Sever’s disease (also known as calcaneal apophysitis) is a musculoskeletal condition characterised by inflammation of the cartilaginous growth plate of the calcaneus. It is a tractional apophysitis where a painful inflammatory response is caused by repetitive micro trauma from the Achilles tendon on the unossified calcaneal apophysis. Sever’s disease is one of the most common causes of heel pain in pre-adolescents and adolescents. This condition typically affects children aged between 8 to 14 years of age, as the calcaneal apophysis ossification centre usually appears at around 7 to 9 years of age, with complete fusion occurring by 15 to 17 years of age.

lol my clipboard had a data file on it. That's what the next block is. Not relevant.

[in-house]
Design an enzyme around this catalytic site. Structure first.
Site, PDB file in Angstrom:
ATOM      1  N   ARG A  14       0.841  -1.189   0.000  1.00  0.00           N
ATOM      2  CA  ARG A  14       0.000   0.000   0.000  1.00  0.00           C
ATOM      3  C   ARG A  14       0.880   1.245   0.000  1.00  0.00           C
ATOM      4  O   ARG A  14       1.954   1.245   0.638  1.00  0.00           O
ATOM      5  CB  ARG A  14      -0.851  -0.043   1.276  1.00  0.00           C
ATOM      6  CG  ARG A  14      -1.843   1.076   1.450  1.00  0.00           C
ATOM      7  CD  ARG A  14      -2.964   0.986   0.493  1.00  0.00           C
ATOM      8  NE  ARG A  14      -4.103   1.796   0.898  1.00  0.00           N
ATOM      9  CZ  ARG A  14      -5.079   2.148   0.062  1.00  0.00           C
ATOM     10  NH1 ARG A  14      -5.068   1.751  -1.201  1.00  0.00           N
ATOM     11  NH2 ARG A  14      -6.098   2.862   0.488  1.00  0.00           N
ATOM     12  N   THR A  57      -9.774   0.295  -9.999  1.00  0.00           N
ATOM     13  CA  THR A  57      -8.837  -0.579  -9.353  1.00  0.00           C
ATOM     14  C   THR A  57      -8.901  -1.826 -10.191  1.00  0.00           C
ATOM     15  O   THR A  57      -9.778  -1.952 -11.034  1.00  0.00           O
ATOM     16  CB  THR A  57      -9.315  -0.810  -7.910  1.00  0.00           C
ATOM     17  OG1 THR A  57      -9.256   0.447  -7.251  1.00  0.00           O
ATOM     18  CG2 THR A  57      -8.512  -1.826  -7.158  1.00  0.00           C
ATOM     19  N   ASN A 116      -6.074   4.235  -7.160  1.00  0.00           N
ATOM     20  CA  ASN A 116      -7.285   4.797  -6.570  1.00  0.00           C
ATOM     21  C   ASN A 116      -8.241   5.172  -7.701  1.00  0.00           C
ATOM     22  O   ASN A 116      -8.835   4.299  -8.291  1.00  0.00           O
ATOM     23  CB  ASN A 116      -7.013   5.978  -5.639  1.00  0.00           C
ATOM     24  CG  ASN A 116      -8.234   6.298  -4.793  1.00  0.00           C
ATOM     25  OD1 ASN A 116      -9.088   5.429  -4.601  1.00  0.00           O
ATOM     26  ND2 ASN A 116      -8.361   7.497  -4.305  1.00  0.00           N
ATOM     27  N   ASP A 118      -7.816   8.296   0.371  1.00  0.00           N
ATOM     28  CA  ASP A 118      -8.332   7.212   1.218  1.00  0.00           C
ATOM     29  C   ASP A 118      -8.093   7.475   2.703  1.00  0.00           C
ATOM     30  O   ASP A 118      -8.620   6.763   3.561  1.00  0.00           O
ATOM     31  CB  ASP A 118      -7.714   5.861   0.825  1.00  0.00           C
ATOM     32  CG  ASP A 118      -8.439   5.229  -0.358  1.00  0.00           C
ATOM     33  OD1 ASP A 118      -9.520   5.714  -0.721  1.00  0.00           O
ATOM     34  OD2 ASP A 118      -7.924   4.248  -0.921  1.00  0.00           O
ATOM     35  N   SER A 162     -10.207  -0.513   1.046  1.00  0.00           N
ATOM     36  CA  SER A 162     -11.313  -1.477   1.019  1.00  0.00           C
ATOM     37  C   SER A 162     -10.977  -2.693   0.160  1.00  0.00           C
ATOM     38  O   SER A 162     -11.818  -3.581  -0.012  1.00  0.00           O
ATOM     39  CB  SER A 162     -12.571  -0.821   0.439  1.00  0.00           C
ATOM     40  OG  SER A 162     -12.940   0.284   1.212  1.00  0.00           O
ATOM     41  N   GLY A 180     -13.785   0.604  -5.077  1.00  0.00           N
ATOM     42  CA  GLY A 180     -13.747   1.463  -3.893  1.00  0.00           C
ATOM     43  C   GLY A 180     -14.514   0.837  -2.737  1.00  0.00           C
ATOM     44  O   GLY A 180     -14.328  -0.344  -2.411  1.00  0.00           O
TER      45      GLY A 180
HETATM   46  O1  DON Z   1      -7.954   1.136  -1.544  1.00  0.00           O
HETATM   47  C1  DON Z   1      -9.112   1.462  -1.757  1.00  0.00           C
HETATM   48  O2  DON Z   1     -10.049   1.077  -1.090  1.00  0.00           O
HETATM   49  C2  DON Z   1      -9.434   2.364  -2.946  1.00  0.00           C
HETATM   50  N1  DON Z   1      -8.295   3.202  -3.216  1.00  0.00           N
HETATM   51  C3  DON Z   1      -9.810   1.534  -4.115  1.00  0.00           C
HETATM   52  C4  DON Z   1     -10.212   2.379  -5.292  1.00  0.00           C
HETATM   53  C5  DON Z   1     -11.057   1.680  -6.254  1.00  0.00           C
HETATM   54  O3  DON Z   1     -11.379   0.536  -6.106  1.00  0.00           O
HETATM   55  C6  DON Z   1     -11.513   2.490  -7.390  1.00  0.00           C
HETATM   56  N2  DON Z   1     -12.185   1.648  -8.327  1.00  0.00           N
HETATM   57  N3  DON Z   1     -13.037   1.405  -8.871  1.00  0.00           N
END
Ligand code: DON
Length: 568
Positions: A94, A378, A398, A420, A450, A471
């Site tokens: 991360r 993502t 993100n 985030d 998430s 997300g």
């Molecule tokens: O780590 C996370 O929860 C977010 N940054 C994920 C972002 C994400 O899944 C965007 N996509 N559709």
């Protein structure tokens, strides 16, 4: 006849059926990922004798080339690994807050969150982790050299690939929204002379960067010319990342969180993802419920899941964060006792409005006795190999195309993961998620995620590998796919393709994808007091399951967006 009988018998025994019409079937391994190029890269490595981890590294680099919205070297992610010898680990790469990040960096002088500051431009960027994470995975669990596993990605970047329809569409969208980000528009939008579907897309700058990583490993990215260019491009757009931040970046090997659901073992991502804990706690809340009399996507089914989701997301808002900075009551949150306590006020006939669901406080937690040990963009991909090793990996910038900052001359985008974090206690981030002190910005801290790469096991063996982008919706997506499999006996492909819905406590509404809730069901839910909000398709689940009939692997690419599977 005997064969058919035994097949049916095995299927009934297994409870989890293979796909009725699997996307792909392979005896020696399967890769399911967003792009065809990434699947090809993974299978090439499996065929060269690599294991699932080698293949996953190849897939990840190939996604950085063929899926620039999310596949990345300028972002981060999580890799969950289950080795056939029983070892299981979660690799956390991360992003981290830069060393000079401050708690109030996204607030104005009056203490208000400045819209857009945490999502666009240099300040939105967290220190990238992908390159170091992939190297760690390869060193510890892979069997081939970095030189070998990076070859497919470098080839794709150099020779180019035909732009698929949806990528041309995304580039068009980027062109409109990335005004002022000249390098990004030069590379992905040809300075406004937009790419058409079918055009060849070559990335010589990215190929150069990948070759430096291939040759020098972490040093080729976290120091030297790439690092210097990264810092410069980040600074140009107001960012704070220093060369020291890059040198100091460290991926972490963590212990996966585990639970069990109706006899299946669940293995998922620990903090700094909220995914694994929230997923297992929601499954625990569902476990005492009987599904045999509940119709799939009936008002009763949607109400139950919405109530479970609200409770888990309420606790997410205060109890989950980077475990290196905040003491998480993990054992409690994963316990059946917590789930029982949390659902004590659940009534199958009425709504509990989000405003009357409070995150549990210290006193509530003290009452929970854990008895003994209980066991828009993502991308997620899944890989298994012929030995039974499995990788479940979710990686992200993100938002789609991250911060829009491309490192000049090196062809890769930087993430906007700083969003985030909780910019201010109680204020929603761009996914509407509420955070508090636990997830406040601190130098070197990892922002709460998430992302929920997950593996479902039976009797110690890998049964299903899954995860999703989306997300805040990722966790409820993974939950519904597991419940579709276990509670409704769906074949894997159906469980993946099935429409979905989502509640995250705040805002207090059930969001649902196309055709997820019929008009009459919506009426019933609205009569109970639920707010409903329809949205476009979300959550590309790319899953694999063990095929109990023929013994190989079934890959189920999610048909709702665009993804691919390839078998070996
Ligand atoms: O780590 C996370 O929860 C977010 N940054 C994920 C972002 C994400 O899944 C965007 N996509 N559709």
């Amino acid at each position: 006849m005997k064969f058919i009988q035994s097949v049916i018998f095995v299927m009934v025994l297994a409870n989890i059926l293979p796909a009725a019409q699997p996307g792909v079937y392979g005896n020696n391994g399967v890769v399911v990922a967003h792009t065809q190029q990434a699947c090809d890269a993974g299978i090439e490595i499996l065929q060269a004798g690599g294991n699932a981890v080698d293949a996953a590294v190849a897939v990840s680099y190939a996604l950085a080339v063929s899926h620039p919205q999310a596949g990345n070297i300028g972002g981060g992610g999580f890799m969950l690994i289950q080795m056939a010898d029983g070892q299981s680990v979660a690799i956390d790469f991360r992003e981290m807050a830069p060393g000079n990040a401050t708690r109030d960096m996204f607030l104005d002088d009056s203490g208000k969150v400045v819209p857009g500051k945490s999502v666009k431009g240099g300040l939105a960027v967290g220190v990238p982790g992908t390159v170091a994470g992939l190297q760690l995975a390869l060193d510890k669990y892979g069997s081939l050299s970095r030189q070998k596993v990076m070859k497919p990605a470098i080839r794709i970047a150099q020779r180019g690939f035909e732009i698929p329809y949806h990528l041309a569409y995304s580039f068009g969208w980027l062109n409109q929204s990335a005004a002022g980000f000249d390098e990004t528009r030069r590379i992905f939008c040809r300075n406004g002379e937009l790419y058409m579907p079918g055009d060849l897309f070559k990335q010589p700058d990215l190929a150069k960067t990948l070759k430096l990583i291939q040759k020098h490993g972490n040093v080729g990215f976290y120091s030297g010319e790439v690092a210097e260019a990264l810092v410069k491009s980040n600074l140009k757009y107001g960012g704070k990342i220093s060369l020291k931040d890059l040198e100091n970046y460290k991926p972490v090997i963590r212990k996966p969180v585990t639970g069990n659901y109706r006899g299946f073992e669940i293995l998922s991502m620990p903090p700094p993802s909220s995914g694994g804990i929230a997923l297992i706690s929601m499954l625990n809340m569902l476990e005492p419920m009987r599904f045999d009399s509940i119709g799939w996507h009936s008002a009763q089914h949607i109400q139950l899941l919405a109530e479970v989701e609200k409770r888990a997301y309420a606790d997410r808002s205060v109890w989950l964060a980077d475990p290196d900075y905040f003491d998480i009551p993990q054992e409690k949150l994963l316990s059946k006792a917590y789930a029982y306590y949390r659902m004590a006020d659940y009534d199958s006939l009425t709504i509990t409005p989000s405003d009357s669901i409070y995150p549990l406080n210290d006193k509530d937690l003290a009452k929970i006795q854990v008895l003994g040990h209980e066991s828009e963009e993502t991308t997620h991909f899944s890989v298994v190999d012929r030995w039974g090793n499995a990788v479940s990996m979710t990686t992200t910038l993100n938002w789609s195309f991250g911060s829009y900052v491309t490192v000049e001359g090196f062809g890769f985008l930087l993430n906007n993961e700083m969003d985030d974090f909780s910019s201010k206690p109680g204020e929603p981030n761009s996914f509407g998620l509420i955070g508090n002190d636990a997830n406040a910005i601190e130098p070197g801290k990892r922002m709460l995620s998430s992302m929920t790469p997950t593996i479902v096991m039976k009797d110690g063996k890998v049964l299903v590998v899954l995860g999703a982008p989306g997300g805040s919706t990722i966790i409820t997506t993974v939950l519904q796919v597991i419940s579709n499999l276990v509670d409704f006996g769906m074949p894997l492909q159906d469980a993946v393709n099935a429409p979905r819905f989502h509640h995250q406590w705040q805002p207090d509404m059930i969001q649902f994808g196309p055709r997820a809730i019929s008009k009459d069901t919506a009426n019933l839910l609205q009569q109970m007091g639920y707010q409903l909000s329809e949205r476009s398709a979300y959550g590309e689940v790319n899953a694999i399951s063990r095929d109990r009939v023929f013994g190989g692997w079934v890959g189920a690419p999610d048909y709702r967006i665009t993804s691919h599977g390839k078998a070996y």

Patients with Sever’s disease typically present with pain and tenderness in one or both heels following ambulation with no history of direct trauma. Symptoms are usually relieved with rest and cessation of specific activity. Pain is usually reproducible upon palpation of the insertion of the Achilles tendon on the posterior heel - the squeeze test. Patients with chronic and painful Sever’s disease may develop toe walking and a limp in an effort to relieve symptoms.
There are several predisposing factors believed to be associated with Sever’s disease including Achilles tendon tightness, biomechanical abnormalities including an excessively pronated foot, poor footwear, substantial increase in activity, running on hard surfaces and high impact sports such as soccer, rugby and football.